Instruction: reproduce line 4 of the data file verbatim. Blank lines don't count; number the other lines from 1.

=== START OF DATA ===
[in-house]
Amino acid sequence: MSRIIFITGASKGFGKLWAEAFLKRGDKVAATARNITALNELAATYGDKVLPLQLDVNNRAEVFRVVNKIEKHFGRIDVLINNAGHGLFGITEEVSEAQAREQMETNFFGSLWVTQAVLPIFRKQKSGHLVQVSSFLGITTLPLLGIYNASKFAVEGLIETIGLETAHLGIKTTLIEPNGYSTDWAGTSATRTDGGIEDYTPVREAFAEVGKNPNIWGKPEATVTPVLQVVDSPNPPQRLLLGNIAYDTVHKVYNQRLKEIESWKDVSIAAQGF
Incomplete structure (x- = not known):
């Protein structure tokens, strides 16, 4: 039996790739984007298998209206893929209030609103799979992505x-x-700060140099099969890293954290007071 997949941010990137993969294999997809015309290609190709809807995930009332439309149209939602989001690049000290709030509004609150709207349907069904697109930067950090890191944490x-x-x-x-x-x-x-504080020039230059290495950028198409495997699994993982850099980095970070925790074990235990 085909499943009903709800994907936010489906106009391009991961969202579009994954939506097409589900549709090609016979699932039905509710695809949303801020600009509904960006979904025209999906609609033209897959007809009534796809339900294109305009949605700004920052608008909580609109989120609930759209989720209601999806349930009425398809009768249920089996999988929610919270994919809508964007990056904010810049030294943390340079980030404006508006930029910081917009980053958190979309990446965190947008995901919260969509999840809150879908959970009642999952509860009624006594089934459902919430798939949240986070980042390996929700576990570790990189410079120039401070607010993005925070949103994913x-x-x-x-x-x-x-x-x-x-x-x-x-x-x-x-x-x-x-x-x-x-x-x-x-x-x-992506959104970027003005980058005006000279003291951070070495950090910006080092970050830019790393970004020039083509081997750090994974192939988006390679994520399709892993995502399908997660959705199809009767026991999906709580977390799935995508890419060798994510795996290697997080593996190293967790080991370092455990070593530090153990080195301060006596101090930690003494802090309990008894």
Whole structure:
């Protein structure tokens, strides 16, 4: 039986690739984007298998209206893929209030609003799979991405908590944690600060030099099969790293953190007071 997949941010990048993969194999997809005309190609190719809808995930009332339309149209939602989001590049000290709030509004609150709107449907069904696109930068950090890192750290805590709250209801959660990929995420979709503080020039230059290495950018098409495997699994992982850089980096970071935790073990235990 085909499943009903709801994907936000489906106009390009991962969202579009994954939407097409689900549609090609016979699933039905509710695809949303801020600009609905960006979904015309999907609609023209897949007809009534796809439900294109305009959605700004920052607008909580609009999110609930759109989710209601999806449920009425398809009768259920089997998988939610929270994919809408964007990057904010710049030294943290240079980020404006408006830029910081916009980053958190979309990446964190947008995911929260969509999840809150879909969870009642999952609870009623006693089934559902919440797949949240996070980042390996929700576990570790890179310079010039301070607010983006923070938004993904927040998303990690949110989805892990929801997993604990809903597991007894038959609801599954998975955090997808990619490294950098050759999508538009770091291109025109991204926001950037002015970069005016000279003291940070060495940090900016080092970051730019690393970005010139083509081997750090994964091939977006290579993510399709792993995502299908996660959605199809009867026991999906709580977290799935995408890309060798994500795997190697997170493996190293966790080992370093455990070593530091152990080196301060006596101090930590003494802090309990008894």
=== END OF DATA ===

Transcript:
């Protein structure tokens, strides 16, 4: 039996790739984007298998209206893929209030609103799979992505x-x-700060140099099969890293954290007071 997949941010990137993969294999997809015309290609190709809807995930009332439309149209939602989001690049000290709030509004609150709207349907069904697109930067950090890191944490x-x-x-x-x-x-x-504080020039230059290495950028198409495997699994993982850099980095970070925790074990235990 085909499943009903709800994907936010489906106009391009991961969202579009994954939506097409589900549709090609016979699932039905509710695809949303801020600009509904960006979904025209999906609609033209897959007809009534796809339900294109305009949605700004920052608008909580609109989120609930759209989720209601999806349930009425398809009768249920089996999988929610919270994919809508964007990056904010810049030294943390340079980030404006508006930029910081917009980053958190979309990446965190947008995901919260969509999840809150879908959970009642999952509860009624006594089934459902919430798939949240986070980042390996929700576990570790990189410079120039401070607010993005925070949103994913x-x-x-x-x-x-x-x-x-x-x-x-x-x-x-x-x-x-x-x-x-x-x-x-x-x-x-992506959104970027003005980058005006000279003291951070070495950090910006080092970050830019790393970004020039083509081997750090994974192939988006390679994520399709892993995502399908997660959705199809009767026991999906709580977390799935995508890419060798994510795996290697997080593996190293967790080991370092455990070593530090153990080195301060006596101090930690003494802090309990008894």